# How to calculate WTP for products with certain attribute levels?

Dear Sawtooth Support-Team,

I would like to calculate the WTP of my CBC participants for 5 products with certain attribute levels. I know, that the calculation is controversial, but I want to try it.

It’s about wines and I have the attributes price (with levels: 2, 5, 8, 11, 14, 17, and 20 €), quality in points (with levels: 76, 81, 86, 91, 96) and grape (with levels: A, B, C, D, E).

I got how I can calculate the price value of an utility point:
The range between my price levels is 18€ and e.g. the utility range for respondent 1 for price is 166,21. Hence, I get approximately 0,10€ per utility point for this respondent.

But how can I calculate the WTP for this respondent for a wine with 76 quality points and grape A, for example? I read other questions about WTP estimation in the forum, but it was mainly about calculating a monetary value for the change from one attribute to another. And as I said, I want to calculate the WTP for 5 products with fixed attribute levels.

Is it possible to multiply the €-value per utility point (0,10€) with the respective utility values of the levels (76 quality points and grape A) and sum them up?
So if 76 quality points have an utility of -58,68 and the grape A 2,47 it would be: -58,68 x 0,10€ + 2,47 x 0,10€ = -5,62€

Best regards,
Mary
edited Aug 9, 2019

Mary,

I think just like having a level as reference for computing the WTP for an attribute level, you'll need a product profile to use as reference for calculating the WTP for a product.  So identify a baseline or reference profile and then calculate utility of one of your constructed products relative to that baseline.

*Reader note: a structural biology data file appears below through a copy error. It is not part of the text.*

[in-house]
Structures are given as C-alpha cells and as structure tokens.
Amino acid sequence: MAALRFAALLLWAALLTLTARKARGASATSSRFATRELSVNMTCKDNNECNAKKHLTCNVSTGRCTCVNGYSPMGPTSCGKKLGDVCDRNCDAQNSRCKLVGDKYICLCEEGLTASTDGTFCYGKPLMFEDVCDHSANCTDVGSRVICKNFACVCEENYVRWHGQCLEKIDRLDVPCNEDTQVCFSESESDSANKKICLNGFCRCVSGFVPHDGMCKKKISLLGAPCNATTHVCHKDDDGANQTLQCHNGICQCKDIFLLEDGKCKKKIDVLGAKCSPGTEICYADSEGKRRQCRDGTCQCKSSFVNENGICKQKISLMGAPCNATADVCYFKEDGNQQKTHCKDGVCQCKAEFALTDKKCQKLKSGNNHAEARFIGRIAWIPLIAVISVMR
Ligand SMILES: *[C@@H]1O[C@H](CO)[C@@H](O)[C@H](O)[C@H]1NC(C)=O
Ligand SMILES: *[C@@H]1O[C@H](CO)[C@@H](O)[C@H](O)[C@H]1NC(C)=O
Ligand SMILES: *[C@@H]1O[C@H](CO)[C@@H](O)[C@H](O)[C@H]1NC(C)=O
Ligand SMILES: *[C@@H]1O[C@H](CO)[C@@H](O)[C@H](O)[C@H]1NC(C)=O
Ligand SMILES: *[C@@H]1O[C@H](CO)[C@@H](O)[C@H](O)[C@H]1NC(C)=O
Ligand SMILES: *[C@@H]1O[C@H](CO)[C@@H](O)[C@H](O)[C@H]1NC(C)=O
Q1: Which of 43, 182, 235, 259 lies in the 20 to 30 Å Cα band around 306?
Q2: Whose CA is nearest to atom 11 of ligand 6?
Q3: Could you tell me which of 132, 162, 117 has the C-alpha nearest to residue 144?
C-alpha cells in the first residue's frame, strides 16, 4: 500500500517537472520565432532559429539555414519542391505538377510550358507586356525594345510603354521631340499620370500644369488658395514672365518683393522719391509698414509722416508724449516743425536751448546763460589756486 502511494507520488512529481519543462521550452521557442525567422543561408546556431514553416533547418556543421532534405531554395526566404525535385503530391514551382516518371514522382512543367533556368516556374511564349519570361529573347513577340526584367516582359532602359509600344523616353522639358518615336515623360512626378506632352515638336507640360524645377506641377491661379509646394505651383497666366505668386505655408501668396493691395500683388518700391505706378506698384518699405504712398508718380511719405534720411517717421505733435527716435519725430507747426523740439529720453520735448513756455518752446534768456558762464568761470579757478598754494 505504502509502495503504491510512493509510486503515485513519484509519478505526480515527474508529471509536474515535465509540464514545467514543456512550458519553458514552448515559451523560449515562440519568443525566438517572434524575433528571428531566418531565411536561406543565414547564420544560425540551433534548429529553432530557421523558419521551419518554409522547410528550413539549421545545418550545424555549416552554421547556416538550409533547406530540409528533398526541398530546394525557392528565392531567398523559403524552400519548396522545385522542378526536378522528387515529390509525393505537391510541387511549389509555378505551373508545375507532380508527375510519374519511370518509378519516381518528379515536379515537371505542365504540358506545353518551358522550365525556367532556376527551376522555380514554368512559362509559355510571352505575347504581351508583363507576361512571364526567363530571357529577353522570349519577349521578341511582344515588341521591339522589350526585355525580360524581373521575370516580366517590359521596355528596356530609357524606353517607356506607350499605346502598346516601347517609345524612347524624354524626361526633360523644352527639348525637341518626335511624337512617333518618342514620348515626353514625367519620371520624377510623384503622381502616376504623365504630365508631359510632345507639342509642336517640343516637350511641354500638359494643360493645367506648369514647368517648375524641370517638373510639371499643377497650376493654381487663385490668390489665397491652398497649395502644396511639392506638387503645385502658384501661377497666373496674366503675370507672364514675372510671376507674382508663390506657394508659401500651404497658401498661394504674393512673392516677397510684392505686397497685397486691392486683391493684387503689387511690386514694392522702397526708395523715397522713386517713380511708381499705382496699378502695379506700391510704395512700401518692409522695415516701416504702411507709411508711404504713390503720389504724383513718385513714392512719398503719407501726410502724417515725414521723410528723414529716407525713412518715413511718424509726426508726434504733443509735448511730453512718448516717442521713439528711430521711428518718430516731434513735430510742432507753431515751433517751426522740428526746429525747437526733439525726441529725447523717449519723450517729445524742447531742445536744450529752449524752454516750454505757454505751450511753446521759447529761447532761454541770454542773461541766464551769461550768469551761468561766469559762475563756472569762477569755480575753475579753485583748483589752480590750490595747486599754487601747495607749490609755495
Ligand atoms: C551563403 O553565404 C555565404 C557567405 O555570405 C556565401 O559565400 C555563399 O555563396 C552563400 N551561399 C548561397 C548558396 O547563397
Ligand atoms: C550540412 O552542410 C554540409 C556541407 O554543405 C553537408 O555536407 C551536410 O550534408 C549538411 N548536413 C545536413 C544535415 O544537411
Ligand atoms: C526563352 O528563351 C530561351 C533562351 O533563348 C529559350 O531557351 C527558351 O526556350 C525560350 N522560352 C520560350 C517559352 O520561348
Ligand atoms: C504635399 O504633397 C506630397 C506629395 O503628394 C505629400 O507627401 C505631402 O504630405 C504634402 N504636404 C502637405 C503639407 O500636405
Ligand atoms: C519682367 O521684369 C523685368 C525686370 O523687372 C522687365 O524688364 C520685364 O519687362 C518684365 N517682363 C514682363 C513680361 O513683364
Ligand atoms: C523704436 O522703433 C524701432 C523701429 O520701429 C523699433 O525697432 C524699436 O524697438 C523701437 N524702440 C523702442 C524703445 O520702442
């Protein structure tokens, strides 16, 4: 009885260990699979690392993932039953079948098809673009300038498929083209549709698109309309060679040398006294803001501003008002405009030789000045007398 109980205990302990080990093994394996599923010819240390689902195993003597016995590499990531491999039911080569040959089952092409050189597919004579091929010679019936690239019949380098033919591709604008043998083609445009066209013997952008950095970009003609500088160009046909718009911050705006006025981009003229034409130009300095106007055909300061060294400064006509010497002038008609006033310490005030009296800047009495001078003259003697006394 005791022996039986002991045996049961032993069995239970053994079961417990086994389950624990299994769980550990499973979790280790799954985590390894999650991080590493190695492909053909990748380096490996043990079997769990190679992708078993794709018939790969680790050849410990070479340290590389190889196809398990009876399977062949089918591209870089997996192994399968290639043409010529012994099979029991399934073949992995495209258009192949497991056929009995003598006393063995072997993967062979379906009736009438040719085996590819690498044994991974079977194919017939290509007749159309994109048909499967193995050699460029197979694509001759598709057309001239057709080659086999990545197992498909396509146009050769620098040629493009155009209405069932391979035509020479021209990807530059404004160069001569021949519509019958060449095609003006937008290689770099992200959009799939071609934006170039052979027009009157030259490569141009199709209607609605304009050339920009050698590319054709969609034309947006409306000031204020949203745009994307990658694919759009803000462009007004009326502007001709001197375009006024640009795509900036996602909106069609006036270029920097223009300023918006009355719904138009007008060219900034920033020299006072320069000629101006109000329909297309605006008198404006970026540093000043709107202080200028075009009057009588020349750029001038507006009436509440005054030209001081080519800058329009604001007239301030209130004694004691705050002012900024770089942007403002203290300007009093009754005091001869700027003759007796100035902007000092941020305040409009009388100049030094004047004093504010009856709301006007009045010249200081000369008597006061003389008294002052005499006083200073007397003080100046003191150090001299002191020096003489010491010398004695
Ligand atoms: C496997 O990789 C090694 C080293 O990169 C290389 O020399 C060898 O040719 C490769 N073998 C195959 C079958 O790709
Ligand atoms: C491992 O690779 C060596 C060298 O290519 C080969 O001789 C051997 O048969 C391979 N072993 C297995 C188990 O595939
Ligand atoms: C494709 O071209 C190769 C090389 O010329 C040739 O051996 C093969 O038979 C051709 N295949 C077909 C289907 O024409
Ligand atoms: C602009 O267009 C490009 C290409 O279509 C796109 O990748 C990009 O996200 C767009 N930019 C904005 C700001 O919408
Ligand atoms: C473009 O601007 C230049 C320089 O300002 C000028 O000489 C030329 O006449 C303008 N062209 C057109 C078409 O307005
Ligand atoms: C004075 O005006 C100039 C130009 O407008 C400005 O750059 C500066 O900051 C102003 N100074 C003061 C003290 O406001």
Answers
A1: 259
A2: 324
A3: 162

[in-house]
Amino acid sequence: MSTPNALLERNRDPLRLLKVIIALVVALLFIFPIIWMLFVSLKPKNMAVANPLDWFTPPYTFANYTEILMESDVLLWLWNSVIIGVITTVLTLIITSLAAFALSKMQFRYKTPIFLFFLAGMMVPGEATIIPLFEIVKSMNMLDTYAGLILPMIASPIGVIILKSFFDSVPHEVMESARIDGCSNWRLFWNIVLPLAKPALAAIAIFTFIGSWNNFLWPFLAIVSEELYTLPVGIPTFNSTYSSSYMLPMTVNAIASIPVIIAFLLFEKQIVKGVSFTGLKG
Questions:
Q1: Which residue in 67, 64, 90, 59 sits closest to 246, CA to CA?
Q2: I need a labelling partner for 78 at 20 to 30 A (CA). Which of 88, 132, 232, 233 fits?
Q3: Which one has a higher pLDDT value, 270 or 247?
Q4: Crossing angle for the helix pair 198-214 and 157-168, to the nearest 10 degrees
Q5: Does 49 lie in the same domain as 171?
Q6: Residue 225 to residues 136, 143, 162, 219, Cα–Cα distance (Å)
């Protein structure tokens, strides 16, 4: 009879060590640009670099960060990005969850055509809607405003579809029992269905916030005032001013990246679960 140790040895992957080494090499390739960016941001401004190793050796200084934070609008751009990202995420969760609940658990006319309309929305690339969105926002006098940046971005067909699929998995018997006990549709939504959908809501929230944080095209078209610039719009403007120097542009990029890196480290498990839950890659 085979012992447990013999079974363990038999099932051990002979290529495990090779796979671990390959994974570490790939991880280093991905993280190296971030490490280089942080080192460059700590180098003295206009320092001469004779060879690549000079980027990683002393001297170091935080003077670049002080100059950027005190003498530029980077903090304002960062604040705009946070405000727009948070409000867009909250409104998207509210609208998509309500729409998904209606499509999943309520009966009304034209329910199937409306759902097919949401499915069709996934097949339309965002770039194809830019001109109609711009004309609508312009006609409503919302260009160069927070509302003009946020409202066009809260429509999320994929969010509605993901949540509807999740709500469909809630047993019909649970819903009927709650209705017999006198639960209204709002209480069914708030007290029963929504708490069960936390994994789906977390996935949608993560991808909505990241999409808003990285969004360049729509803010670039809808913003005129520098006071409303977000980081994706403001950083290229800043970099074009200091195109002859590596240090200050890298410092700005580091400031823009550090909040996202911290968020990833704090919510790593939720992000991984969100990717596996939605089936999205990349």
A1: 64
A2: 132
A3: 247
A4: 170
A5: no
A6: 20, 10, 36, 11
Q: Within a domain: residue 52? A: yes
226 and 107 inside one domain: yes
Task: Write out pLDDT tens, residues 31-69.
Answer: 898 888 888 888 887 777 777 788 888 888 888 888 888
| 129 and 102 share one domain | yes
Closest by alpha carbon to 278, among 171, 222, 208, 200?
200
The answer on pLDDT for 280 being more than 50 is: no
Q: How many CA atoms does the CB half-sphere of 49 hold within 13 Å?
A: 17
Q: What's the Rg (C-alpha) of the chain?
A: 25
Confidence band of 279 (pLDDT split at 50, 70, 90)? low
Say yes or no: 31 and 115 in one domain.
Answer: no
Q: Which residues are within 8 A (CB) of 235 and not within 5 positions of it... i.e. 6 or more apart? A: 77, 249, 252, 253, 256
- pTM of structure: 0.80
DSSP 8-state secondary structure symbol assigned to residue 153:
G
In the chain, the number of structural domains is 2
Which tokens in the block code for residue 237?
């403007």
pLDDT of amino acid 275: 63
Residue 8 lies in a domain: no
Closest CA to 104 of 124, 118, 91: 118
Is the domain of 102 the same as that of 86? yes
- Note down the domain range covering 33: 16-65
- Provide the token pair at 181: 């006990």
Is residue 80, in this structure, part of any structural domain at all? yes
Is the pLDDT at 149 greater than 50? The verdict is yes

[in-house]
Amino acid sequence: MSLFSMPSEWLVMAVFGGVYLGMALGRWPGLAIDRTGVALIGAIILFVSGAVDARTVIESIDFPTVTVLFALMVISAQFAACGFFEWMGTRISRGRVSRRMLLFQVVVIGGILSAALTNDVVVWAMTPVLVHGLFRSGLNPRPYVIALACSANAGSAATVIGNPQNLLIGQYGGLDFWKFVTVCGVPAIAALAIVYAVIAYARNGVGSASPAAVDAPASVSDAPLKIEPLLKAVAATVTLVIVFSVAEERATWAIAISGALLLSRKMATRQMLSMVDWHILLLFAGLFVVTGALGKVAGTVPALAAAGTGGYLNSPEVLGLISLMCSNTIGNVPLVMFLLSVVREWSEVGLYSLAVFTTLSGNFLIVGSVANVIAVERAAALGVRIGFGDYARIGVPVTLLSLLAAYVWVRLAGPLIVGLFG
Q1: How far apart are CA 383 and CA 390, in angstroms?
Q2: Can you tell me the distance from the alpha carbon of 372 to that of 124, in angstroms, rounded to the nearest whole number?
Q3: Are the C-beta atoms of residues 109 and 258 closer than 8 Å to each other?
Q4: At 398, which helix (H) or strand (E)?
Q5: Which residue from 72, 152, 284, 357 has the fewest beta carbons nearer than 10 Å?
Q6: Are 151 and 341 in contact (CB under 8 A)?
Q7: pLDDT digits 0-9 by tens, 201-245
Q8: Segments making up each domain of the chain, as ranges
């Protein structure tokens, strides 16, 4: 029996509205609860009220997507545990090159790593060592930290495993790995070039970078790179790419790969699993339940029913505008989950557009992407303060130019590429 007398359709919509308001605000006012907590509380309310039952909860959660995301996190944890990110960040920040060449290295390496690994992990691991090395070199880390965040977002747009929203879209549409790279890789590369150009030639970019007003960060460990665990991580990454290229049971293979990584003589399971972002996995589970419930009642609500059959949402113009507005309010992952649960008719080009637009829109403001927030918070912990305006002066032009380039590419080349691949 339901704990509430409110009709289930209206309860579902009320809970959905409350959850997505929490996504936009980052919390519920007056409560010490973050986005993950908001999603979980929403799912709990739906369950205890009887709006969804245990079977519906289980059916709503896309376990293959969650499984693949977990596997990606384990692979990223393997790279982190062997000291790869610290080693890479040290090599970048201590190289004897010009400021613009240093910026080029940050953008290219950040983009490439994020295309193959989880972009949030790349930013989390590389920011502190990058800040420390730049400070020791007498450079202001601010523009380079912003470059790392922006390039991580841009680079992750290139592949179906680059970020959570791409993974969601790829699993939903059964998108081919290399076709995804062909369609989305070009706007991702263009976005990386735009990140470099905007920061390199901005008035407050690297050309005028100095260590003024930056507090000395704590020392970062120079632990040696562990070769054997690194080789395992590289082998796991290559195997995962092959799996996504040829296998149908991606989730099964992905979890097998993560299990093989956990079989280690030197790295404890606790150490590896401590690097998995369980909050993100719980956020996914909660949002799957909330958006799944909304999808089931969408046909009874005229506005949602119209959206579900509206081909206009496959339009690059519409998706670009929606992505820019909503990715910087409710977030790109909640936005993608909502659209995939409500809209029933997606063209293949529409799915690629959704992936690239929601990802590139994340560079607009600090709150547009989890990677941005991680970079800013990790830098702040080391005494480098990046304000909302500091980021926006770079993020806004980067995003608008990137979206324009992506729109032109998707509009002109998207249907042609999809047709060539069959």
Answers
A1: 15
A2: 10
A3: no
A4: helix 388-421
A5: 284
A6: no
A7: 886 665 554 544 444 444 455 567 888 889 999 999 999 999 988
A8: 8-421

I can imagine situations where your different products might require different reference profiles.

I'd recommend you use the share equalization method for calculating WTP rather than the formula, or that if you do use the formula, calculate WTP at the respondent level and then take the median value across respondents.
answered Aug 9, 2019 by Platinum (95,675 points)

Yes, I wanted to calculate the WTP at the respondent level.
I thought that I could use quality level 76 and grape A as base or reference product and calculate the WTP for the other 4 combinations for each respondent. But that won’t work because the respondents differ in that their lowest utility is assigned to different levels, right?

Sorry, what is the share equalization method for calculating WTP?  Can I calculate the WTP for the different products at the respondent level with it?

Mary
Mary,

Do you care about utilities for specific levels of the reference product?  You're going to use the total utility for that product, and heterogeneity among values doesn't matter as much if you're computing WTP at the respondent level and then computing a median, right?

As for share equalization, simulate your reference product and one of the  four test products whose WTP you want to estimate.  Change the price of your test product until its share is equal to the share of the reference product.  This is the equalization price.
I am sorry Keith, I am not sure if I understand everything right and I am quite confused now. Or maybe I didn’t explain my purposes sufficiently?

Maybe you could make an example for me with my data?
Can I upload the Excel file with my data and you show me how to calculate the WTP for one respondent for a certain product?
Sure thing, Mary.

Send your Excel file to keith@sawtoothsoftware.com.  Please specify the specs of the reference product you want to build and of one of your test products (whose WTP you want to estimate).  If you do this with a formula, you can just use the \$/utility (calculated for a respondent) and multiply this by the difference in utility between your reference and test products, right?

Though again, I'd recommend using the simulation-based share equalization rather than the WTP formula.